Wednesday, June 29, 2011

Zora and Me: Multi-Racial Read #5

I didn’t realize when I selected Zora and Me from the audio book shelf of my local library that I would be treated to a powerful, multiracial historical novel. But I was.  

Under 200 pages long, this book is the result of collaboration between Victoria Bond and T.R. Simon. Their fictionalized account of Harlem renaissance author Zora Neale Hurston’s childhood, brings the reader into gator country, Eatonville, Florida, during the Jim Crow period.

Zora’s outspoken manner and boldness is seen through her best friend Carrie’s eyes. The two young girls get caught up into the myth and mysteries of the local “Gator King” (half-man, half-alligator) which they imagine to be ghostly white. In a line foreshadowing later conflict, Carrie observes, “If coloreds can be different colors, why can’t gators?”

When Ivory, an itinerant turpentine worker is murdered, Zora decides to apply her alligator-sleuthing abilities to solving the murder. The story gets more complicated when the girls meet Gold – a woman who is beautiful, stylish, and colored but “not like us.” Gold is engaged to a white man and the black community is horrified that she has turned her back on her people.

In a powerful scene, the girls come across Gold sitting in the forest by a fire, her clothes dirty and in disarray. By the firelight Gold “looks colored but like she’d been wiped down by chalk dust.” Zora confronts Gold on why she has chosen to pass. Here are snippets from this dialogue revealing Gold’s conflicts and motivation:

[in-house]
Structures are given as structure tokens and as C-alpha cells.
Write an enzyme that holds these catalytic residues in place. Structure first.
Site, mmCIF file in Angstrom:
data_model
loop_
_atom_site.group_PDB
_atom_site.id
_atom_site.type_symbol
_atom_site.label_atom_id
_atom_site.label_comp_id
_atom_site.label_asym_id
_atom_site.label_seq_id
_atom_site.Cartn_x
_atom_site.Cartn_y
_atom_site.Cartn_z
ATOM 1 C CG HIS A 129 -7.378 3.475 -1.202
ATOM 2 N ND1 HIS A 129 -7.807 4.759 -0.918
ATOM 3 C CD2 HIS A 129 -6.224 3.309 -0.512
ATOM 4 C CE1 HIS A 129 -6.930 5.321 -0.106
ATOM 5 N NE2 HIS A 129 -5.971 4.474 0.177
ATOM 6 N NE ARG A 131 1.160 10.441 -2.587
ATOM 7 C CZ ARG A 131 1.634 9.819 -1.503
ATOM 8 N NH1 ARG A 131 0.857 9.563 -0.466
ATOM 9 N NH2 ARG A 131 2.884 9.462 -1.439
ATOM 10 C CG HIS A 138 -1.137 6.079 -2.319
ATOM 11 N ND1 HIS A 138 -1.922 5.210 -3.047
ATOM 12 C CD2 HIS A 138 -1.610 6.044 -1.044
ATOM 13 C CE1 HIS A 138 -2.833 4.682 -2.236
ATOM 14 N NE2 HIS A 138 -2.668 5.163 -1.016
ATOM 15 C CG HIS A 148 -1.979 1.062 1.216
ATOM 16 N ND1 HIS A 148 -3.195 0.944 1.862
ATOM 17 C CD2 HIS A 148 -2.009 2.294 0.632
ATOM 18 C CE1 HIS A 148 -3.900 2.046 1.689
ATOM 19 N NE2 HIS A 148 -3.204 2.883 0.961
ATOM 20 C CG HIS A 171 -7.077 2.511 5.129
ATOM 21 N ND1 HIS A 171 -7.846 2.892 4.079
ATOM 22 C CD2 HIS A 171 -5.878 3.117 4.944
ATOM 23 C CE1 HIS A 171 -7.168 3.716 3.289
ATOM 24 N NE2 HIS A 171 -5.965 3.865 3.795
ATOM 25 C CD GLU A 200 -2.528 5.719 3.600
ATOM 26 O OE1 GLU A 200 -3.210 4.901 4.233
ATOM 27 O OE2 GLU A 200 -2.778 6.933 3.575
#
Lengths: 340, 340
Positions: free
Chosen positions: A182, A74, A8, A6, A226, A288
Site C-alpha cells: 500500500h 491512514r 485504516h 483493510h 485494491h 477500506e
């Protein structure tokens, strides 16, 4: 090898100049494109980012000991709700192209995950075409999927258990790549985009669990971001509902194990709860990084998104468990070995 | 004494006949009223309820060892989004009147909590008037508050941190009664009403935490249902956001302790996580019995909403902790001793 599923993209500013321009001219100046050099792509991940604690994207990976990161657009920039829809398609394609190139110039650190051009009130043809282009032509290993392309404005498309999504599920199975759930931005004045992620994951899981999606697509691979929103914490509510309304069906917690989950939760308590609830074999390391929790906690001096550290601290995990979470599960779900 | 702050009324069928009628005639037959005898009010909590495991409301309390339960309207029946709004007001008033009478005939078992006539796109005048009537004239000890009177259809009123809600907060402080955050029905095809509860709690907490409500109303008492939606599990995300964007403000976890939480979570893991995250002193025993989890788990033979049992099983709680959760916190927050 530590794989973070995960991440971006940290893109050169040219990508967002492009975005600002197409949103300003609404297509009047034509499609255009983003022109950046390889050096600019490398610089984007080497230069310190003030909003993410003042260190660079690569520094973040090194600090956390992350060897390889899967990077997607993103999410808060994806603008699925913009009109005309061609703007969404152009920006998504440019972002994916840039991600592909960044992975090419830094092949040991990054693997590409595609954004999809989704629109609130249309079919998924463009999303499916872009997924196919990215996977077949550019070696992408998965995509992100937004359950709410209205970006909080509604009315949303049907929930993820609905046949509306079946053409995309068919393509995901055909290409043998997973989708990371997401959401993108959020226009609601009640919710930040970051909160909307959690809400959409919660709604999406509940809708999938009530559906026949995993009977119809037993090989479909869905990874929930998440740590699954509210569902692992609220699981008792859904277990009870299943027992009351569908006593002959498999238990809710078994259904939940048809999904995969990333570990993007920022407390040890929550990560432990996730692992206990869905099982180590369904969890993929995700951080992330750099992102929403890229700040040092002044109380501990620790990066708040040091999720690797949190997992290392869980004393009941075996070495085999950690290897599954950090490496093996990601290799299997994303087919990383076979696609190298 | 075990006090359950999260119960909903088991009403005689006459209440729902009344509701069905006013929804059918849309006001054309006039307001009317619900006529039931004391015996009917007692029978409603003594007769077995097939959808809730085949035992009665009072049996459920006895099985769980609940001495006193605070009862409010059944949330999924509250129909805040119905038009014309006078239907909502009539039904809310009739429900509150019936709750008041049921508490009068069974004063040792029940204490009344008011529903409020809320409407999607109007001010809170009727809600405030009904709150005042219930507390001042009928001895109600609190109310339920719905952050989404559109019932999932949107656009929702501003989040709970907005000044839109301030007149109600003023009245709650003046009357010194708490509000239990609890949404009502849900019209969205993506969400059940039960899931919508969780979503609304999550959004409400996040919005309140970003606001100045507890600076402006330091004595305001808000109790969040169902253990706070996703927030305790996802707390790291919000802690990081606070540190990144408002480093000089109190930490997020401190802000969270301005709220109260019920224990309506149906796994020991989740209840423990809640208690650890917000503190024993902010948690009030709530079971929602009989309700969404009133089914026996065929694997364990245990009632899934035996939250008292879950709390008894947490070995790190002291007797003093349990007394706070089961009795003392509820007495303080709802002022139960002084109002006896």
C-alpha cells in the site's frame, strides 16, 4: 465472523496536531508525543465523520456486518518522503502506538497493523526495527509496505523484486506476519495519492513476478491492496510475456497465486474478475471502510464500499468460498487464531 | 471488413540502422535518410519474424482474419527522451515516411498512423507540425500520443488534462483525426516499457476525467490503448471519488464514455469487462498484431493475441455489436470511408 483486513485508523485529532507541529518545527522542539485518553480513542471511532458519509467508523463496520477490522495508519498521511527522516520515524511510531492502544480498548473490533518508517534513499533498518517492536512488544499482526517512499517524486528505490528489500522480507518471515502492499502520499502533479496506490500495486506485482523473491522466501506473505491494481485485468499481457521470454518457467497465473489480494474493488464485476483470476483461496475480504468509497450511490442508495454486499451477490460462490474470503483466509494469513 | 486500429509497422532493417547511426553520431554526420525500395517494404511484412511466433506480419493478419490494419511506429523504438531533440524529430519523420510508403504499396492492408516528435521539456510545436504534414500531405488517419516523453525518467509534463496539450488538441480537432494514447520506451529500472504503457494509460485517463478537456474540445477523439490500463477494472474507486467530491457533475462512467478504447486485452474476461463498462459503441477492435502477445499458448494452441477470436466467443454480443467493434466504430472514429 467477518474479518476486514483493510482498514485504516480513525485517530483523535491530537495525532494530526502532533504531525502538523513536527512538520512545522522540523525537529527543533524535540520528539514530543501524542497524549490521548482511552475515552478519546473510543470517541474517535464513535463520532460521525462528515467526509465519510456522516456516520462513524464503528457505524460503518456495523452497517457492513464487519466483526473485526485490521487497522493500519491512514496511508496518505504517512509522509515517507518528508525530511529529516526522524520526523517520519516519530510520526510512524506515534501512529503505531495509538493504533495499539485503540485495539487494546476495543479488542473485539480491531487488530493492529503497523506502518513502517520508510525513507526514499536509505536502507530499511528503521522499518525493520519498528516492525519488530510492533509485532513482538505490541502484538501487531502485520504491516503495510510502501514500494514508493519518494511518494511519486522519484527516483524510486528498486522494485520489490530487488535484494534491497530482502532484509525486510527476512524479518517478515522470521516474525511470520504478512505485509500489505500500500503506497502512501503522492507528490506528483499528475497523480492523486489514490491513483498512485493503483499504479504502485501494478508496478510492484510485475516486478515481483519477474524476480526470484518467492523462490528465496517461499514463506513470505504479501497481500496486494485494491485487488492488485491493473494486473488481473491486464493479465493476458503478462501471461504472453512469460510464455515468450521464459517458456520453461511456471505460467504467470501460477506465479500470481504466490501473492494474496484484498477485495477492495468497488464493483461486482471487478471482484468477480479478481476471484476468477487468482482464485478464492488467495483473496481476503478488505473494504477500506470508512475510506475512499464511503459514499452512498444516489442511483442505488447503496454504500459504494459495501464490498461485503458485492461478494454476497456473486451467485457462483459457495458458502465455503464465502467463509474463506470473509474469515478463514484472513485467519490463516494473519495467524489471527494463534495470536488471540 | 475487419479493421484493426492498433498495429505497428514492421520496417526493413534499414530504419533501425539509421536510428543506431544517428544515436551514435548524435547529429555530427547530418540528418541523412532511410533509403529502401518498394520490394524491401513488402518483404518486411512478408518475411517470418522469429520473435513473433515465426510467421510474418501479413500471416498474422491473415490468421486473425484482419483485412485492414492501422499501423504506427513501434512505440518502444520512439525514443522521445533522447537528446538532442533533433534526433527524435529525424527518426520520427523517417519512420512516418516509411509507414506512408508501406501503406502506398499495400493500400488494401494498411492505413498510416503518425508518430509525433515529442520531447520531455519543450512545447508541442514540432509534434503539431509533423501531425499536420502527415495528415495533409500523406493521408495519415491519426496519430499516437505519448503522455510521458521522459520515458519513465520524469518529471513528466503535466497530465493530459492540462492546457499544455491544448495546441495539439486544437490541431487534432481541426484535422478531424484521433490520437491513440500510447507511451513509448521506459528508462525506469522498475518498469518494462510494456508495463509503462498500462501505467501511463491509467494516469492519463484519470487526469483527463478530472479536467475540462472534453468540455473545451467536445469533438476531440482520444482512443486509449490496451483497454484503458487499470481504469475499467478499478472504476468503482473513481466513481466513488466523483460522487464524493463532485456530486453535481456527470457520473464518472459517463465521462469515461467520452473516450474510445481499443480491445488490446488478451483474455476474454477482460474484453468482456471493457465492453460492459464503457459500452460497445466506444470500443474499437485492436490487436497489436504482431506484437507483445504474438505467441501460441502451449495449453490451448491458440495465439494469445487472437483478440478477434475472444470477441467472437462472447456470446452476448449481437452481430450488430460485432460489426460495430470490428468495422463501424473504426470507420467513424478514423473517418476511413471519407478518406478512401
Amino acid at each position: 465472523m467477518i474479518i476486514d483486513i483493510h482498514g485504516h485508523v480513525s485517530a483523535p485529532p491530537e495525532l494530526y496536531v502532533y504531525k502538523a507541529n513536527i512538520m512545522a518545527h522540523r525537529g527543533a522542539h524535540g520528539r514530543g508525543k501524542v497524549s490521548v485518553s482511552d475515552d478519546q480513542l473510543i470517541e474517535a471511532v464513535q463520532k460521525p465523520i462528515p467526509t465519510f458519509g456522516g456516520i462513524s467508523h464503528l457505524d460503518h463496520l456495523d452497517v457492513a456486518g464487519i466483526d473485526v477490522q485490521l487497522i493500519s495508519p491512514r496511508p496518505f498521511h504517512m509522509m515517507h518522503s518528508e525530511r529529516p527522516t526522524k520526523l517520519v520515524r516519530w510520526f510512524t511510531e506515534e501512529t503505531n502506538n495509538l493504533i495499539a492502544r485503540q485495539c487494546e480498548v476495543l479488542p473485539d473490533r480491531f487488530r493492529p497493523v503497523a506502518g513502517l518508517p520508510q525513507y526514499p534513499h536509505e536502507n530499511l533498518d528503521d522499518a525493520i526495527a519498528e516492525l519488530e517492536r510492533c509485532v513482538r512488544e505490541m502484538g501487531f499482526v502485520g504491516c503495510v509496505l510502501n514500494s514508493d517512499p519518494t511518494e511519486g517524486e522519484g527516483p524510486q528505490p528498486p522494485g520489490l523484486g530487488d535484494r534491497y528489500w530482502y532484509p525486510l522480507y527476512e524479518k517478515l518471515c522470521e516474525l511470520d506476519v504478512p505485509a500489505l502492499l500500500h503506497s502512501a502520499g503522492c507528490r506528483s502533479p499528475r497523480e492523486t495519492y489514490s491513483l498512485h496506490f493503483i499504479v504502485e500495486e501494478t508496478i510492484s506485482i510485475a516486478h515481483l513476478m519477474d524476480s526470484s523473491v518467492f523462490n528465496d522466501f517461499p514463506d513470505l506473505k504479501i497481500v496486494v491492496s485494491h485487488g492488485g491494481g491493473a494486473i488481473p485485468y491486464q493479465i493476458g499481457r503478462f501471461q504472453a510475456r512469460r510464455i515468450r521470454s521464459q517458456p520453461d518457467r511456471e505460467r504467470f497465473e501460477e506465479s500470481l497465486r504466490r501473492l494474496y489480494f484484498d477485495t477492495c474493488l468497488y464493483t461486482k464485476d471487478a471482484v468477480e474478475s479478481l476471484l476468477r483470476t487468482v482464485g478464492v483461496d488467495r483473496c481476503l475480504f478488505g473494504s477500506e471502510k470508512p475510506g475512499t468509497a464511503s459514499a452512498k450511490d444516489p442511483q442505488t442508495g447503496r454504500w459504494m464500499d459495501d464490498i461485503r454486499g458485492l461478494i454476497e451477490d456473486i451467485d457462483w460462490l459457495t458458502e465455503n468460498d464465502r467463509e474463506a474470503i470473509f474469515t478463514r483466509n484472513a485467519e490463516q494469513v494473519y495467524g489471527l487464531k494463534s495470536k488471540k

Zora asks, “Why would you want to be like white folks?”
Gold replies, “I get tired of being colored. I get tired of seeing everything the world has to offer and settling for a big bowl of nothing."      

During the same scene, Gold relays a story from her own childhood. Her mother was much darker than she was. When the two would go shopping, Gold’s mother would pretend to be her nanny in order to purchase what she wanted. Gold remembers, “It’s like I was the skeleton key unlocking the other world just for my Mama.” In this conversation Gold tells the two friends, “You’re both lucky. You don’t have to make hard choices. You know exactly where you belong.”

This is a powerful story about hurt, fear, and prejudice and two young girls coming of age in a town that had previously sheltered them from the bigger scope of life’s conflicts. As Carrie realizes at the end, “The bad things in life don’t define misery—what you do with them does.”

This book would be an excellent supplement to a class in US history, or to be read during Black History month. Although the two main characters are both girls, Ivory’s plight and the overarching historical theme make this also an appealing book for middle school boys. Students and writers should both analyze the internal and external conflicts permeating Gold’s, Zora’s, and Carrie’s lives. There is much to learn from this well-written book. 

View this video for more information on Zora Hurston and the story behind the story: 


Joyce Moyer Hostetter said...

Wow! This looks terrific! I shall have to read it!

Linda A. said...


I know I'd love this book. Thanks for pointing it out and giving such a through review and including a video clip. Looks so good!

Good luck with your own writing!

Clara Gillow Clark said...

Carol, Thanks for sharing ZORA and ME. I didn't know about the book, but your post about it was compelling. I'm definitely adding it to my "Must Read" list.

Carol Baldwin said...

I had never heard of it before either, but was really glad to find it. Great as an audio book too. Thanks ladies for leaving comments!

Linda Phillips said...

Great review, Carol!

Carol Baldwin said...

Thanks, LInda. ANother book for you to listen to in the car!

Jean said...

sounds wonderful, Carol. And your review is inticing.


Carol Baldwin said...

thanks, Jean. I had fun writing it!

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